The contribution of atherosclerosis to heart disease is well known. Therefore, there is a constant need for novel compositions which effectively inhibit the progression of atherosclerosis.

Accordingly, it is an objective of the present invention to provide a novel composition which demonstrates high effectiveness in inhibiting LDL oxidation, thus effectively arresting the progression of atherosclerosis.

A further objective of the present invention is to provide a method for inhibiting LDL oxidation and hence inhibit the progression of atherosclerosis.

Other objects of the invention will become apparent as the description proceeds.

SUMMARY OF THE INVENTION

The present invention provides a method for inhibiting the progression of atherosclerosis, comprising the administration of an effective anti-LDL-oxidation amount of phytoene, phytofluene or mixtures thereof, to a subject in need thereof.

Further provided by the present invention is the use of a composition comprising phytoene, phytofluene or mixtures thereof, for inhibiting the oxidation of LDL.

A further aspect of the present invention is the use of phytoene, phytofluene or mixtures thereof, in the preparation of a medicament for inhibiting the oxidation of LDL and the progression of atherosclerosis.

The present invention further provides an anti-atherosclerosis composition comprising a LDL-oxidation inhibiting effective amount of phytoene, phytofluene or mixtures thereof.

Further provided by the present invention is the use of a LDL-oxidation inhibiting effective amount of phytoene, phytofluene or mixtures thereof, in functional foods, dietary supplements, foodstuff and drinks.

DESCRIPTION OF THE DRAWINGS

FIGS. 1 (A),(B)—Effect of crystalline natural lycopene and of tomato oleoresin on copper ion-induced LDL oxidation.

FIGS. 2 (A),(B)—Effect of phytofluene/phytoene on copper ion-induced LDL oxidation.

FIGS. 3 (A),(B)—Effect of lycopene, vitamin E, β-carotene, and phytofluene/phytoene on LDL oxidation.

FIGS. 4 (A),(B)—Effect of lycopene in combination with antioxidants on LDL oxidation.

FIGS. 5 (A),(B)—Effect of β-carotene in combination with antioxidants on LDL oxidation.

FIGS. 6 (A),(B)—Effect of vitamin E in combination with antioxidants on LDL oxidation.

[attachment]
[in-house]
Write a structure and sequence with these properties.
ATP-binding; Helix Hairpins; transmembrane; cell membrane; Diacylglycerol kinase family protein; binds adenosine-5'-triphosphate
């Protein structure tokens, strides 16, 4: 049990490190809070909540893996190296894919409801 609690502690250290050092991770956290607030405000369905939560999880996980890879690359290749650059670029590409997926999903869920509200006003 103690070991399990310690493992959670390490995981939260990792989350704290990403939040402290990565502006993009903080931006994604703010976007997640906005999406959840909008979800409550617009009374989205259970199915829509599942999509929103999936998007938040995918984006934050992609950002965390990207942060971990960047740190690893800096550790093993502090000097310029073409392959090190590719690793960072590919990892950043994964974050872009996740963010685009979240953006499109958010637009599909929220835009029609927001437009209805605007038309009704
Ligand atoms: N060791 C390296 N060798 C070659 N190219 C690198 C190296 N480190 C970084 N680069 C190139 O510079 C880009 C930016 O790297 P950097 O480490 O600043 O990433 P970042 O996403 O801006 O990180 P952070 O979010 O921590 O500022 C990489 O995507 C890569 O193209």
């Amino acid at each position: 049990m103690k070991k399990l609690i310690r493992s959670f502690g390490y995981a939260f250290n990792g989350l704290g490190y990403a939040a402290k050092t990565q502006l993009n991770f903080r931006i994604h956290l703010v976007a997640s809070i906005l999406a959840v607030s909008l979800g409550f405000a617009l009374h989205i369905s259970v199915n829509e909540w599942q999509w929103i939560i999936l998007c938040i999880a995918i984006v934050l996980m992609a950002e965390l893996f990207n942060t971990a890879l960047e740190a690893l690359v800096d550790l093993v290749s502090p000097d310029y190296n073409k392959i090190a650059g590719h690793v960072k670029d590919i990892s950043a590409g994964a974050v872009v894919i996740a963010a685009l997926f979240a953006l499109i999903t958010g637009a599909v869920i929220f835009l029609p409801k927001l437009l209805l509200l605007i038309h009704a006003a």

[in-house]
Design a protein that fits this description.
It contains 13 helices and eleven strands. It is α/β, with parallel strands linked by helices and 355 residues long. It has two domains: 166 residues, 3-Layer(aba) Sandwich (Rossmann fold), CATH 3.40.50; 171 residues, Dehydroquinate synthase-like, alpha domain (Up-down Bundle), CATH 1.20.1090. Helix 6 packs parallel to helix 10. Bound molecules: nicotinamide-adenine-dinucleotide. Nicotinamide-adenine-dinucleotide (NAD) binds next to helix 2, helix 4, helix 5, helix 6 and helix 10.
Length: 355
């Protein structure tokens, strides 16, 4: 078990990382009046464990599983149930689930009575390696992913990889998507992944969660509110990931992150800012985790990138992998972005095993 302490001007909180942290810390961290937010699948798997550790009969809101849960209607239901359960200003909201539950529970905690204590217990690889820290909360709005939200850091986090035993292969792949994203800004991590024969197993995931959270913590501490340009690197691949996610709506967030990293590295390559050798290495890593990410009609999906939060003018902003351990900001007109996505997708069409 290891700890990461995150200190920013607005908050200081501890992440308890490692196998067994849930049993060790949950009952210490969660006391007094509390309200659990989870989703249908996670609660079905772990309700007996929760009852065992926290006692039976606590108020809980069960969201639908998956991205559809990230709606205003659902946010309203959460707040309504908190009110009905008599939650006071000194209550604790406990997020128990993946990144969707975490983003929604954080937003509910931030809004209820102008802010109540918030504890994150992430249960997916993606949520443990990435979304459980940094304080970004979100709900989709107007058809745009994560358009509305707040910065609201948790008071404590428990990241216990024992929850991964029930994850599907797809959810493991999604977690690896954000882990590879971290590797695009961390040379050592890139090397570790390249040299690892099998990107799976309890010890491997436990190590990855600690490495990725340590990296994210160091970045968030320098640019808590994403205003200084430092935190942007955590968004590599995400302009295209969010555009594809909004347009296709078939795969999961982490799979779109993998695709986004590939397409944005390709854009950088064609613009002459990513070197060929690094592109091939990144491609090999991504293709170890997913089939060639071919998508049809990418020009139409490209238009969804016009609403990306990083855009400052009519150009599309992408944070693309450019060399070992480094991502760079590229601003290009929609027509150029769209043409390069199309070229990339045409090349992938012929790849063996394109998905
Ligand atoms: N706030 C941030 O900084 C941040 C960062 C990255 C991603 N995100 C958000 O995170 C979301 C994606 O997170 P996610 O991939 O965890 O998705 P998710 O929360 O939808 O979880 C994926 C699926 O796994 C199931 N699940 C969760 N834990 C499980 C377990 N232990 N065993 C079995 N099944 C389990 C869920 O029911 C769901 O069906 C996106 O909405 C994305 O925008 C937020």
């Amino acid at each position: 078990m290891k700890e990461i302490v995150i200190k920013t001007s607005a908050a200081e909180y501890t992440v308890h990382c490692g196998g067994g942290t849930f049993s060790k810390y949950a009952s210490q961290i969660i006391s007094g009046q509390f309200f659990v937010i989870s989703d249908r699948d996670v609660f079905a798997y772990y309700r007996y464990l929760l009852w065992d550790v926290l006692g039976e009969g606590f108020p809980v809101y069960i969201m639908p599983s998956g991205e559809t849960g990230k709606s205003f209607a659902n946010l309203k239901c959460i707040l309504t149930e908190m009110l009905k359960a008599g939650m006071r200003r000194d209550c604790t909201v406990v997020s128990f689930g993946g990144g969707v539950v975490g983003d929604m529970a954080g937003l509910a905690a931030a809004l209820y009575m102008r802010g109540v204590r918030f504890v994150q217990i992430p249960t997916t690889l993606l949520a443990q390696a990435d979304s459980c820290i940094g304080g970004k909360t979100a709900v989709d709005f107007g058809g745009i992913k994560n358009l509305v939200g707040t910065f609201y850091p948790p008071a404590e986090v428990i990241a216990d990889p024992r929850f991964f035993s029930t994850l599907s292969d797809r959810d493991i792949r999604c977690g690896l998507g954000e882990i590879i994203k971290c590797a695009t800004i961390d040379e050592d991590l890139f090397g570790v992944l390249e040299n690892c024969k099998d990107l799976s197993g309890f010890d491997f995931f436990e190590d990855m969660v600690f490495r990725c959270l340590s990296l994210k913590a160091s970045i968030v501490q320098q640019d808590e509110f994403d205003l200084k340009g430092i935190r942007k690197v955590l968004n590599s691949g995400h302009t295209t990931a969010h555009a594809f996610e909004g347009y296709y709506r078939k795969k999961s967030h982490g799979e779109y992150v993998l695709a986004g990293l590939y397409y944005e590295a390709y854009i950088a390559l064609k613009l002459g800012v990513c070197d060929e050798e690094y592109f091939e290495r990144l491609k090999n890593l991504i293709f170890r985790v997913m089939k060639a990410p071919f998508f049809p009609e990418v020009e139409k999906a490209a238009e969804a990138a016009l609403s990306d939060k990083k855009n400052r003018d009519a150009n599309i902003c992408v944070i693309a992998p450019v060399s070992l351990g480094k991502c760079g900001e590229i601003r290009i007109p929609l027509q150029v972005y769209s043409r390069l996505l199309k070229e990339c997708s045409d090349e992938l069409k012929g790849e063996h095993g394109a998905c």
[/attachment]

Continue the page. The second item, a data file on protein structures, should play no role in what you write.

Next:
FIGS. 7 (A),(B)—Effect of phytofluene/phytoene in combination with antioxidants on LDL oxidation.

FIGS. 8 (A),(B)—Effect of combination of antioxidants on LDL oxidation.

DETAILED DESCRIPTION OF A PREFERRED EMBODIMENT OF THE INVENTION

The following description is illustrative of preferred embodiments of the invention. The following description is not to be construed as limiting, it being understood that the skilled person may carry out many obvious variations to the invention.

The description applies to mixtures of phytoene and phytofluene as well as to each one of them separately. Therefore, wherever reference is made to mixtures thereof it is also intended for each of the carotenoids separately as well.

While studying the effect of various carotenoids on LDL oxidation it has been surprisingly found that phytoene, phytofluene or mixtures thereof, are substantially more effective than other carotenoids in inhibiting LDL oxidation.

According to a particular embodiment of the method of the present invention, at least 0.2 mg/day of phytoene, phytofluene or mixtures thereof, are administered to a subject in order to inhibit the oxidation of LDL in the blood and hence arrest the progression of atherosclerosis. Wherein a mixture of said carotenoids is administered, the ratio between phytoene and phytofluene in the mixture is from about 1:20 to 20:1. Administration may be in daily multiple or single dosages. According to the present method, administration is adopted to achieve an anti-LDL-oxidation effective concentration of phytoene, phytofluene or mixtures thereof, in the blood, said concentration being at least 0.01 μM.

According to an optional embodiment of the present method, phytoene, phytofluene or mixtures thereof, may be administered in conjunction with conventional anti-atherosclerosis agents.

According to a further aspect of the present invention there is provided a composition comprising an anti-LDL-oxidation effective amount of phytoene, phytofluene or mixtures thereof. Said composition comprising at least 0.1 mg of phytoene, phytofluene or mixtures thereof. The composition may further comprise pharmaceutically acceptable adjuvant, excipients and additives.

A further embodiment of the present invention relates to a solid dosage form for oral administration, in the form of a tablet, capsule, hard-shell capsule, soft gel or gel cap, which contains at least 0.1 mg of phytoene, phytofluene or mixtures thereof.

According to yet a further embodiment of the present invention, the use of phytoene, phytofluene or mixtures thereof, is provided wherein they are added to functional foods such as bars, dietary supplements, drinks or other food stuff so that said functional foods, dietary supplements, food stuff and drink provide an inhibitory effect on LDL-oxidation. According to the present embodiment the functional food, foodstuff, dietary supplement or drink comprise at least 0.1 mg of phytoene, phytofluene or mixtures thereof.

The following examples illustrate the substantially improved effectiveness of phytoene and phytofluene over other carotenoids, in the inhibition of LDL oxidation.

EXAMPLES General Procedures

All studied compounds were dissolved in THF to a stock solution of 1 mg/ml. LDL was dialyzed for 24 hours against phosphate buffered-saline (PBS) prior to its oxidation to remove any EDTA that can interfere with the oxidation. LDL (100 μg protein/ml), was incubated in the absence (Control) or presence of increasing concentrations of each one of the studied compounds, as well as, in various combinations including 2, 3 or the 4 constituents at the desired natural distribution. LDL oxidation was induced by the addition of 5 μM of CuSO4, for 2 hours at 37° C. LDL oxidation was terminated by adding 1 mM Na2 EDTA and immediate refrigeration at 4° C. The extent of LDL oxidation was then determined by measuring the amount of thiobarbituric acid reactive substances (TBARS) and of lipid peroxides (PD) formed. Control LDL was supplemented with only THF.